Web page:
New twist for flexible workers

Some borrowers struggle to prove income, but self-certification is not the only option, says Stephen Pritchard
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It's one of the great life-changing decisions: stepping off the career ladder to work for yourself. But as many as 10 million people might struggle to arrange a regular high-street mortgage because they do not have the proofs of income that lenders require.

It's one of the great life-changing decisions: stepping off the career ladder to work for yourself. But as many as 10 million people might struggle to arrange a regular high-street mortgage because they do not have the proofs of income that lenders require.

According to UCB Home Loans, more Britons now have irregular incomes, or earn money from multiple sources. Although the number of self-employed people has been stable over the last few years - at 3.2m - the growth in contract workers, in particular, has added to the number of buyers who might not qualify for a standard loan.

Self-certification mortgages are one solution, allowing buyers to state their own income, rather than proving it with pay slips or accounts. But these loans are usually much more expensive than regular high-street mortgages. Typically, a self-certification borrower will pay a rate one per cent higher than "status" borrowers. Birmingham Midshires, for example, has a two-year fixed-rate mortgage for self certification at 5.79 per cent.

Cost is not the only issue. The self-certification market came in for scrutiny after a BBC investigation suggested some lenders were encouraging borrowers to overstate their incomes. These "fast track" mortgages bypassed the usual salary checks, and may have led to some homebuyers overstretching themselves.

Although a review by the Financial Services Authority found that self-certification borrowers were no more likely to struggle to meet mortgage payments than other borrowers, concerns persist that some lenders and brokers are directing borrowers towards self-certification, in order to take out larger loans.

Because self-certification is based on credit scoring and a statement of income and outgoings rather than payslips, the temptation to overstate income will always be there. The FSA cautions, however, that it is a criminal offence on a mortgage application.

The market for self-certification loans may also have become tougher since the FSA took over regulation of mortgages last autumn, not least because lenders now have to give homebuyers a clear statement of the full cost of any mortgage. Fewer property sales are also making the lenders' underwriters more cautious.

But not all buyers who think they will struggle to borrow on the high street need a self-certified mortgage. The rules for self-employed buyers are simpler than they were five years ago, with one year's accounts sufficient for many lenders, and most lenders willing to take applications from those with three years' figures.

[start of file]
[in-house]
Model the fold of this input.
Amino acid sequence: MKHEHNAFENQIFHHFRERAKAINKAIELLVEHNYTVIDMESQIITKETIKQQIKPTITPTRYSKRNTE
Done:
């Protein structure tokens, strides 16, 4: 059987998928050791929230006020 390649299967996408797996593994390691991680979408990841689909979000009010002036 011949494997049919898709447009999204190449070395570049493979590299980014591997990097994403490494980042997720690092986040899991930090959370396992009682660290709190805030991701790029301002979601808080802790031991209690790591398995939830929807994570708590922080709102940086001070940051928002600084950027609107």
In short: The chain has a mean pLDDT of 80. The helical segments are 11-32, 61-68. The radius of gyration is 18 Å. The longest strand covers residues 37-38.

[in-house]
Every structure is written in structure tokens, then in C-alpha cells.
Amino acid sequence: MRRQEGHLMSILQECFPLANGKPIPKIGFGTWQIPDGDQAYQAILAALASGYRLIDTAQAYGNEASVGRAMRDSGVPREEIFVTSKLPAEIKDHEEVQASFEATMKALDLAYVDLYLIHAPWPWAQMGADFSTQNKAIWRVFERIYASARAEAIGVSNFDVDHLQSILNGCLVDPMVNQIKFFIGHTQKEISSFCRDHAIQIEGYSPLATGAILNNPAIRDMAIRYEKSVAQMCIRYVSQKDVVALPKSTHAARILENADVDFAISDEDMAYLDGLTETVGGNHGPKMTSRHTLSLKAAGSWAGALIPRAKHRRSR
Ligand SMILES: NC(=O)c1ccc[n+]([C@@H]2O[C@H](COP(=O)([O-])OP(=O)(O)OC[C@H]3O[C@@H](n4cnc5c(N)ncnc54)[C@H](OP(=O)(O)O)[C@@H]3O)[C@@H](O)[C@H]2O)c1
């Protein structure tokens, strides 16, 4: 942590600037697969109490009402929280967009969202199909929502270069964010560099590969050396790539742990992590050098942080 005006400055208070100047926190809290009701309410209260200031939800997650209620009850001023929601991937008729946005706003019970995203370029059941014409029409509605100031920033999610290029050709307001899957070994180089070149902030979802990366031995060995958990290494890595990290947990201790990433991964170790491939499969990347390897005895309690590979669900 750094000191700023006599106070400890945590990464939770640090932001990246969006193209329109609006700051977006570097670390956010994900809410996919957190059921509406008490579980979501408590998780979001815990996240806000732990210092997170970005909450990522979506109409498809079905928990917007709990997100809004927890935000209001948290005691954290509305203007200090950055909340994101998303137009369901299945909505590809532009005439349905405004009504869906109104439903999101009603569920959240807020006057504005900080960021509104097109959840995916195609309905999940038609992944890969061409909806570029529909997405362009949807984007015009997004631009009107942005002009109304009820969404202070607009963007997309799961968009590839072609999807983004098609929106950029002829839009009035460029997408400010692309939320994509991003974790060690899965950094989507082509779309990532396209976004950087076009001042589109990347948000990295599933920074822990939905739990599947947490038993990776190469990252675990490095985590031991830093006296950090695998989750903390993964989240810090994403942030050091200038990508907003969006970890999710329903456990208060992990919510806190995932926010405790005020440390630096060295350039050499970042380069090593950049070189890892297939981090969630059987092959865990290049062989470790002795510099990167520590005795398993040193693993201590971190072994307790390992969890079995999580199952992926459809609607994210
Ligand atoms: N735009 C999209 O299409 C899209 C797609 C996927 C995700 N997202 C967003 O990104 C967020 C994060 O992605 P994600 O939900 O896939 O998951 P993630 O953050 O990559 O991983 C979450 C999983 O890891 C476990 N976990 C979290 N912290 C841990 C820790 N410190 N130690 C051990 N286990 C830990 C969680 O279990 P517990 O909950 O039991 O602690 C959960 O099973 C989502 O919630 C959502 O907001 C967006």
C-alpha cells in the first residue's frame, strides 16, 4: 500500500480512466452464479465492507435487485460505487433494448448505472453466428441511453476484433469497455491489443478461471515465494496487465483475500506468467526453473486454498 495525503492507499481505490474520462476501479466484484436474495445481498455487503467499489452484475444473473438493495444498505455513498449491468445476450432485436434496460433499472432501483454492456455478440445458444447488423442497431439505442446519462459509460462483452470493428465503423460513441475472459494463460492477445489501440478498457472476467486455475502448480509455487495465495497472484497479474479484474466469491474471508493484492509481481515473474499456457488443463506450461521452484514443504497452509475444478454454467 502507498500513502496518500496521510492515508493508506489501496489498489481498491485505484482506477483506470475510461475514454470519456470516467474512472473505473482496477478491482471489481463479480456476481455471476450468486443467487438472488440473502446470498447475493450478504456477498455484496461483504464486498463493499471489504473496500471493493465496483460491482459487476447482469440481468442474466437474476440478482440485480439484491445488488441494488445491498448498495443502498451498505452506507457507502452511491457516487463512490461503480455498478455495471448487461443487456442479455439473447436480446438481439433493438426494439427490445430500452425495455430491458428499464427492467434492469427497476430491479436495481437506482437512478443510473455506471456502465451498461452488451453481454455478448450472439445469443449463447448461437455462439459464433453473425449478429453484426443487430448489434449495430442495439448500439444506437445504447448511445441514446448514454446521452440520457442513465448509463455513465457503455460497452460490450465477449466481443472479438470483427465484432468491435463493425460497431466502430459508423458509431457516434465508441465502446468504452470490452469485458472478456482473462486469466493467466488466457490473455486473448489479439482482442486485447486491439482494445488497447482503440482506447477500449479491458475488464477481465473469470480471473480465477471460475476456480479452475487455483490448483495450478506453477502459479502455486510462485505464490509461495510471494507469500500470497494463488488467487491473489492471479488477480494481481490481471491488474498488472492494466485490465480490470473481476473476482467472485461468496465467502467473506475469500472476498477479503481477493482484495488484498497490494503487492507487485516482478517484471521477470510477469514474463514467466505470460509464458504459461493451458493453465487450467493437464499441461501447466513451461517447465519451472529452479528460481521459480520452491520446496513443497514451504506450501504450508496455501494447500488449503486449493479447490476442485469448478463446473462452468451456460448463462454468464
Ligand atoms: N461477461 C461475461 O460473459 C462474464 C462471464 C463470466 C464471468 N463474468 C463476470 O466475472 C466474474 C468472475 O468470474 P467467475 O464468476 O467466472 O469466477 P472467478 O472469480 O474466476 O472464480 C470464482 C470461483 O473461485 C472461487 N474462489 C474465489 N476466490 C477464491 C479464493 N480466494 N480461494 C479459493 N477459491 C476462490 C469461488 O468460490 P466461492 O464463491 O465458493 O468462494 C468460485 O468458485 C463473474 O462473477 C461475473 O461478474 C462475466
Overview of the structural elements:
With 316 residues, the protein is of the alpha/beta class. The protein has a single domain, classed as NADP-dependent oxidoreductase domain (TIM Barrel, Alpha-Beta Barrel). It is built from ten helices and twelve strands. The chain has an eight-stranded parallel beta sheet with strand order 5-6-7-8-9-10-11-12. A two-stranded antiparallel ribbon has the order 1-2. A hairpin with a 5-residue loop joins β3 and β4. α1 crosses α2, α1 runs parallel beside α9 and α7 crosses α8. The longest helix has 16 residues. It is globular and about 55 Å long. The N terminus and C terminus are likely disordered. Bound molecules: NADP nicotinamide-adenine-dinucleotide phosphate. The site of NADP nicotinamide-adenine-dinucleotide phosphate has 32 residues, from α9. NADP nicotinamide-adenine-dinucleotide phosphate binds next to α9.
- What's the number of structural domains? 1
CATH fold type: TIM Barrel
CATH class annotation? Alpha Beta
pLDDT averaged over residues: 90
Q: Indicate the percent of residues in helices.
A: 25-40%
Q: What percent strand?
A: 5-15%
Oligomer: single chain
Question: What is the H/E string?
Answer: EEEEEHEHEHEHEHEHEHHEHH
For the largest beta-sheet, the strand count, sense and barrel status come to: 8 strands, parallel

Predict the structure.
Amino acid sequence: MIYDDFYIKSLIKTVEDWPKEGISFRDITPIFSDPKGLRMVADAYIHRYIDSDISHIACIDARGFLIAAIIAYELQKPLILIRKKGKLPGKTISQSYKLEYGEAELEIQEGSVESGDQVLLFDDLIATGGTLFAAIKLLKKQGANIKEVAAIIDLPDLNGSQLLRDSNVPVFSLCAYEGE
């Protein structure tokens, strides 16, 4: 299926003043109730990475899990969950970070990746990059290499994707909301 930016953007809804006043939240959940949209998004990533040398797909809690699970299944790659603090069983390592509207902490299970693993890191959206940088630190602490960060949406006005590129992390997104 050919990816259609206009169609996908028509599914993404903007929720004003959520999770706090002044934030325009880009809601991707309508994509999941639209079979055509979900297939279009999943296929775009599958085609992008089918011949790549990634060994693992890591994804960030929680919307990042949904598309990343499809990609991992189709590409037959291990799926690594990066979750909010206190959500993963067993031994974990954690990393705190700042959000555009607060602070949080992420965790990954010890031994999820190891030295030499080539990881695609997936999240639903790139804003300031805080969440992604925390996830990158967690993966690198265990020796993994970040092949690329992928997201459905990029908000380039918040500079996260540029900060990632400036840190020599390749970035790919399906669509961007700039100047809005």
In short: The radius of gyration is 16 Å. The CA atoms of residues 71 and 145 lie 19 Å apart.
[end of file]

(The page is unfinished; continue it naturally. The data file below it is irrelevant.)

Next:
"Lenders have become more flexible in relation to self-employed borrowers, as they realise that more of them are commercially viable," says David Hollingworth, a director at broker London & Country. But a lot of people still think that self employment means they must apply for a self-certification mortgage."

Still, some brokers and branch staff at high-street lenders still point anyone without proof of salary towards a self-certification mortgage, either because that is how they have always done business, or because it is more profitable to arrange a self-certification loan.

Borrowers are more likely to need a self-certification mortgage if they have several different types of income, Hollingworth says. This could include income from investments as well as employment. Increasingly, borrowers are also using self-certification for buy-to-let mortgages. Last year, 22 per cent of UCB Home Loans' business came from the buy-to-let sector.

Workers on contracts, rather than those operating as self-employed sole traders, are also an important market for self-certification loans. Mainstream borrowers might be reluctant to lend to someone on a fixed-term contract of, say, six months. Self-certification is a viable alternative. If, however, a homebuyer has a track record in the same line of work, perhaps including employment in the sector, it is worth approaching either a broker or a high street lender first.

Borrowers do have other alternatives to an expensive self-certified mortgage. One is to have a large deposit: more high-street lenders are willing to take on self-employed borrowers or contractors who have at least 25 per cent to put down. Conversely, lenders specialising in self-certification tend to levy additional charges for large loans. Bristol & West, for example, charges a higher lending fee for self-certification mortgages over 75 per cent.

It might also be worth approaching the borrower's own bank, or the bank they use for business, for help. "You will have a better relationship with them, and they might be willing to lend a personal mortgage at the normal rates," says Hollingworth.

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